One of the exciting aspects of the roster shakeup lately is the introduction of two new pitchers to the MLB bullpen that we’ve seen very little of (unless of course you live in Harrisburg, PA and stop by the Senators games all the time). So lets take first look at newly promoted 22-yr old LHP Ian Krol.
A quick introduction: Krol was the PTBNL in the Michael Morse trade, coming over from the Oakland organization after a relatively tumultuous minor league tenure (he missed the entirety of the 2011 season after an elbow injury and then being suspended for an offensive tweet; ah a sign of the times). After returning to the fold in 2012 he was relatively awful as a California league starter (not really that surprising; look what happened to A.J. Cole when he went there), then was bumped up to finish the season as a AA reliever with poor numbers in a short sample size in the Texas league. Even for an organization like Oakland, apparently that was enough; they made him available in trade and he turned into the PTBNL.
He arrived in Washington and has immediately been significantly more effective as a reliver here: his AA numbers have been eye opening; 26IP, 14 hits allowed, only 2 earned runs for an ERA of 0.69, and a K/BB ratio of 29/7. I thought these numbers would earn him a promotion mid-season; I didn’t think we’d be seeing him in the MLB bullpen in June.
Lets look at his performance in the 6/5/13 debacle loss to the Mets. He pitched the 6th inning and faced the top of the order. He gave up a fluke single when Daniel Murphy flailed his bat at an outside fastball and dinked the ball into LF, but otherwise he struck out the side, punching out the 3-4 hitters for New York with relative ease. He threw 23 pitches, 19 of them fastballs. Per his Pitch F/X data, his fastball averaged 95.28 and peaked at 96.88 on the night, quite a heavy ball from the left-hand side. He has a relatively deceptive release point which makes that fastball look even faster. A lot of the swings he got were very, very late. With this kind of fastball and short-term effectiveness, he can easily serve as the “Loogy” that many pundits have been saying this bullpen needs. He has clean mechanics, did not lose velocity pitching from the stretch, and didn’t seem like he was throwing with max effort.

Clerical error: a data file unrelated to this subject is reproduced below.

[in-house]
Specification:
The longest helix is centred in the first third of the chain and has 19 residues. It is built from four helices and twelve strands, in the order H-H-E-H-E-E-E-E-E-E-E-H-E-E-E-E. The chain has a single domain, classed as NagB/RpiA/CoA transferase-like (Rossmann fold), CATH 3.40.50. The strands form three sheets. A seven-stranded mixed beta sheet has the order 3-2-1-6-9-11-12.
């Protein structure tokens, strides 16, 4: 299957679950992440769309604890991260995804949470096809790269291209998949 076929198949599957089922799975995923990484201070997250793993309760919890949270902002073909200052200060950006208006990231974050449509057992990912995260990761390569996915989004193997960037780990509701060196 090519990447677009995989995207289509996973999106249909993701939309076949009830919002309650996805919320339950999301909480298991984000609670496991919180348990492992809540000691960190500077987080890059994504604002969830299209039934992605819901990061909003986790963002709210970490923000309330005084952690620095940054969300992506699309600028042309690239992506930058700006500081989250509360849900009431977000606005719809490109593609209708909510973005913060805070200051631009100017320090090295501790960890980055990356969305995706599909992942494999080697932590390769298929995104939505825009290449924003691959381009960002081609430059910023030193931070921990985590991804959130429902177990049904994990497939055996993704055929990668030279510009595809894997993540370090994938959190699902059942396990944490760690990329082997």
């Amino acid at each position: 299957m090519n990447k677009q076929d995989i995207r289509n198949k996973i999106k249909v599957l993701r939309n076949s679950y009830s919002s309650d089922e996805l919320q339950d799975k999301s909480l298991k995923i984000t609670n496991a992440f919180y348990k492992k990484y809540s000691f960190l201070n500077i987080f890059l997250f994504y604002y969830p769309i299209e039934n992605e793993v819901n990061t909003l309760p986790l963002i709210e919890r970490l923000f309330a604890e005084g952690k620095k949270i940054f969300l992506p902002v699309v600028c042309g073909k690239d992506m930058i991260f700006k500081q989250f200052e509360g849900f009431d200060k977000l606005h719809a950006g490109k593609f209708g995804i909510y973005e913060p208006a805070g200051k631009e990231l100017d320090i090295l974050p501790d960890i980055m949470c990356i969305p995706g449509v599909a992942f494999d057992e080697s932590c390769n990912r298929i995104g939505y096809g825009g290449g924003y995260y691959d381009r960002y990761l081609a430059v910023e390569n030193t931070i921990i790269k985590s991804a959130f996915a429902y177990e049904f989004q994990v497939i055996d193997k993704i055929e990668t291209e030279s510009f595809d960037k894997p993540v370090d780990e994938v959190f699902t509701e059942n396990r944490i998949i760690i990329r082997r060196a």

Now, on the downside, the 4 pitches Krol threw that were not his fastball left something to be desired. He attempted three curveballs and all three of them seemed almost to slip out of his hand and flayed way to the left-hand side of the plate. In fact he nearly hit Lucas Duda with one attempt. He also attempted one changeup that he managed to bounce about 5 feet from home plate for a wild pitch (I’m sure that’s going to end up on the weekly “wildest pitches” video on one national baseball blog). So we now see some evidence of why he has been moved to the bullpen; no decent or trustworthy secondary pitches.
On the bright side, a 95mph left-handed fastball with deception is going to be darn hard to hit even if the hitters know its coming. In this respect, he’ll make a good short-stint reliever even if he can’t trust his secondary stuff. On the downside, the scouting reports are going to get out and eventually hitters will know to sit on a FB. Even if a ball comes in at 100, MLB hitters can hit it. So Krol is going to have to show he can throw a curve or change with effectiveness and control to stick.
That being said, it was pretty exciting to see a youngster like Krol punch out three pretty good hitters. The one bright note on a crummy night for the Nats.